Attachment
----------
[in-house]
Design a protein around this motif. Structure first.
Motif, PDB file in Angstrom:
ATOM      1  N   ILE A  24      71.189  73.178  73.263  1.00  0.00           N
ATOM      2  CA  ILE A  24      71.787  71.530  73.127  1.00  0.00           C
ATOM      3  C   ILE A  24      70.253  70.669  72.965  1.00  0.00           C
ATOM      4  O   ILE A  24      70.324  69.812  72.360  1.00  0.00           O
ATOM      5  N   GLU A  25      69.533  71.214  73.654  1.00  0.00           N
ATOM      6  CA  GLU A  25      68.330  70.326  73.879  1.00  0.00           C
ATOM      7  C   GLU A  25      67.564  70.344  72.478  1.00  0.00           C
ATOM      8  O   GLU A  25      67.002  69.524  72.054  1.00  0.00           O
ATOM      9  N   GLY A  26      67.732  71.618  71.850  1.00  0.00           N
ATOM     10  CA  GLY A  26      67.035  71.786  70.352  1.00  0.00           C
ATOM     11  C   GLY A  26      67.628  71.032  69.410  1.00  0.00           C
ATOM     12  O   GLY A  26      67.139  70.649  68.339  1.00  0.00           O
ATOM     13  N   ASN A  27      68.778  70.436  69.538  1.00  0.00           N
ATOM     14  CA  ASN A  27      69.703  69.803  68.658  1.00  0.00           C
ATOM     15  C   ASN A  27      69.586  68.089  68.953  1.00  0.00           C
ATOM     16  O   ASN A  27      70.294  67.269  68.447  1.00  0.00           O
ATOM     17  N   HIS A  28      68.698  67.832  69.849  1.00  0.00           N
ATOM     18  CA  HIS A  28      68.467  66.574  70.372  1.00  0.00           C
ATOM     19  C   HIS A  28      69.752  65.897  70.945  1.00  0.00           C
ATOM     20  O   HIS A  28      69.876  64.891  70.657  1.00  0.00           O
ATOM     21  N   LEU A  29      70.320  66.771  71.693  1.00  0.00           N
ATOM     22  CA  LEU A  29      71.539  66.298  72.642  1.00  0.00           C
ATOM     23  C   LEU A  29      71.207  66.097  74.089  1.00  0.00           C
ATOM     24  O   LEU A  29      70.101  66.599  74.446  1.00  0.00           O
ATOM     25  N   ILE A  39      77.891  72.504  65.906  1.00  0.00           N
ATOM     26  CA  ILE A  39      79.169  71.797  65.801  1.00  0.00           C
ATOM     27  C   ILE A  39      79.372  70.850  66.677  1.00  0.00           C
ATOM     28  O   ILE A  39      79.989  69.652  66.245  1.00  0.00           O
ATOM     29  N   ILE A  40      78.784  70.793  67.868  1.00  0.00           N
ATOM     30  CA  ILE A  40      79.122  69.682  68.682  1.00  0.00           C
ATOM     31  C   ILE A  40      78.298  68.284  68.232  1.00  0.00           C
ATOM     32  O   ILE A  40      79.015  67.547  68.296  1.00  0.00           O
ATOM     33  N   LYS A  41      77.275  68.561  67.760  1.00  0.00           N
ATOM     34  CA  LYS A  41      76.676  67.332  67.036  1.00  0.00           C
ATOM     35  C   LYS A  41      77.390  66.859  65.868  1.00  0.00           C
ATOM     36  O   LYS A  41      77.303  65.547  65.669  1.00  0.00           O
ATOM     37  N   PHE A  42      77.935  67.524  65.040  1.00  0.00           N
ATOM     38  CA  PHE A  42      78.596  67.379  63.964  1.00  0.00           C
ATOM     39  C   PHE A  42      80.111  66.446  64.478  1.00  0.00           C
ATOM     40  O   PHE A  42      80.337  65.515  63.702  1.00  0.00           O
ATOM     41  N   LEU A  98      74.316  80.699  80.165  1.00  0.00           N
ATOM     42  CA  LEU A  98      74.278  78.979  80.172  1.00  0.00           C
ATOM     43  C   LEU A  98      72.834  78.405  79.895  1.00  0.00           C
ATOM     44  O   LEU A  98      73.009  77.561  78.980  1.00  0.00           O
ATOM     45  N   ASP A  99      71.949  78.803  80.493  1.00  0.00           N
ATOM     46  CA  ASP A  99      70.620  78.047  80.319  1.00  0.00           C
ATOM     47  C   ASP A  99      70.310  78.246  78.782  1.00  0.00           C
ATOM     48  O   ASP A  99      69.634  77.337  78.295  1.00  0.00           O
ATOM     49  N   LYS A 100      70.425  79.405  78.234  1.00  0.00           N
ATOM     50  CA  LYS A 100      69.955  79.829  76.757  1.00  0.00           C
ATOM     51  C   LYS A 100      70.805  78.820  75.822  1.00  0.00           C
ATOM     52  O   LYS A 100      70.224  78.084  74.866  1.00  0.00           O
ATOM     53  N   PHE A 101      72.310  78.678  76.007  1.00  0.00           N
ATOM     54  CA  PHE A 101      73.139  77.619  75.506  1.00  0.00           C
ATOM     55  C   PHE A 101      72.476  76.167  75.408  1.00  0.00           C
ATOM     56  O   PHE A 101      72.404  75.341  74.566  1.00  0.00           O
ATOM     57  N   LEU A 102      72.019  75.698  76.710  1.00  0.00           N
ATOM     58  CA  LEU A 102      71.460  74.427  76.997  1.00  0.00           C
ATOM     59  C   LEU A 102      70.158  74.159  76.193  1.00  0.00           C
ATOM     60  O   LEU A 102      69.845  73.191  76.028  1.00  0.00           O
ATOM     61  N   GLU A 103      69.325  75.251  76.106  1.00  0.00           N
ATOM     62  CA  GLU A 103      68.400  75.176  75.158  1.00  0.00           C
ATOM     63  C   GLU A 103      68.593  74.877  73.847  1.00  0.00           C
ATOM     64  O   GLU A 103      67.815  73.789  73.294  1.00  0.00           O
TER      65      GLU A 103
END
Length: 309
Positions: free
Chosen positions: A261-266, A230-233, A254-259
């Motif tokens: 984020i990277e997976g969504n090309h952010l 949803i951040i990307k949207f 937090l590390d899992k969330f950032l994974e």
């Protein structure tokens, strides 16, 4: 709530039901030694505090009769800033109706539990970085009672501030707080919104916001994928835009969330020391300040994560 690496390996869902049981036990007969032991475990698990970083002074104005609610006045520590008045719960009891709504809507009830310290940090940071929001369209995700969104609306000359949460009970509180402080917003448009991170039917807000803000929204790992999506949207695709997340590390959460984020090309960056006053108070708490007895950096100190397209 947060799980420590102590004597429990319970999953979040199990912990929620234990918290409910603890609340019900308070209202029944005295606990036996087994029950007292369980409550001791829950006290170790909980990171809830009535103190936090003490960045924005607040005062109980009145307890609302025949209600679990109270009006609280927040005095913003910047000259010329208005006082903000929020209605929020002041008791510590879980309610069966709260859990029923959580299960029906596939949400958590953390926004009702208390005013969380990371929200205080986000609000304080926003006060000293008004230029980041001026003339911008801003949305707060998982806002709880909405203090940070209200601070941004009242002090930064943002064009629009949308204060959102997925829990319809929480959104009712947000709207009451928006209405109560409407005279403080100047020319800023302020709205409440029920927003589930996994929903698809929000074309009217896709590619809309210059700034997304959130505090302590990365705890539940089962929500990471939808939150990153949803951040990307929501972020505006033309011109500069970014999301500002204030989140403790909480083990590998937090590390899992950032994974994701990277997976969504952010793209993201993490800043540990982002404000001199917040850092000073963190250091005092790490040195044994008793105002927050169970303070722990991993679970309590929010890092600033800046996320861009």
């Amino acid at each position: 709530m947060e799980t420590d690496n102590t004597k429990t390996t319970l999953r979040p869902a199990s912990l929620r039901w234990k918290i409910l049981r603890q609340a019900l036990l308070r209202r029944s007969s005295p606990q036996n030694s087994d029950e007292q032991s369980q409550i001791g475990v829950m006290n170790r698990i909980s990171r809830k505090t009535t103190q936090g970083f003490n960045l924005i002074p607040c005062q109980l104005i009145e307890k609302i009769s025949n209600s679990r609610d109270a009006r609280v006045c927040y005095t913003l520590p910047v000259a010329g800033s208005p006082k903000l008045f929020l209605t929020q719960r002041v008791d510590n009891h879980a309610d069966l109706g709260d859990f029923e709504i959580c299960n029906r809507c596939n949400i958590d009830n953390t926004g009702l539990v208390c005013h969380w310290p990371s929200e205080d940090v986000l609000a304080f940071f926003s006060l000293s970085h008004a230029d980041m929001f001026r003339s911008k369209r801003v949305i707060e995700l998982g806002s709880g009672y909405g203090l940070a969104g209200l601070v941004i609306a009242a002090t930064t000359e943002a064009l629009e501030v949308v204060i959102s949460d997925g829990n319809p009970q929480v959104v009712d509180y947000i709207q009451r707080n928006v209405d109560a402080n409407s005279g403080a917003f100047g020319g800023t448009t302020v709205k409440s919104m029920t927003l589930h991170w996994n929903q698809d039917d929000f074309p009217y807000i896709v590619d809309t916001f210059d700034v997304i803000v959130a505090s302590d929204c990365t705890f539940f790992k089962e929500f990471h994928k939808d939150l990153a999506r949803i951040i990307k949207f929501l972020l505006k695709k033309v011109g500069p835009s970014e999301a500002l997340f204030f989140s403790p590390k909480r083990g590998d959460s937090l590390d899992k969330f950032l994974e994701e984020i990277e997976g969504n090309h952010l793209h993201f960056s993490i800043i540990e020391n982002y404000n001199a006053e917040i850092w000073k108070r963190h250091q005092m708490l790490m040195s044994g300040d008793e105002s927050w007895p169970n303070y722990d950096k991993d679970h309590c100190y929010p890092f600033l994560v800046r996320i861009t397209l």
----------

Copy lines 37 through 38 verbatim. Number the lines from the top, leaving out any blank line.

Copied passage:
ATOM     34  CA  LYS A  41      76.676  67.332  67.036  1.00  0.00           C
ATOM     35  C   LYS A  41      77.390  66.859  65.868  1.00  0.00           C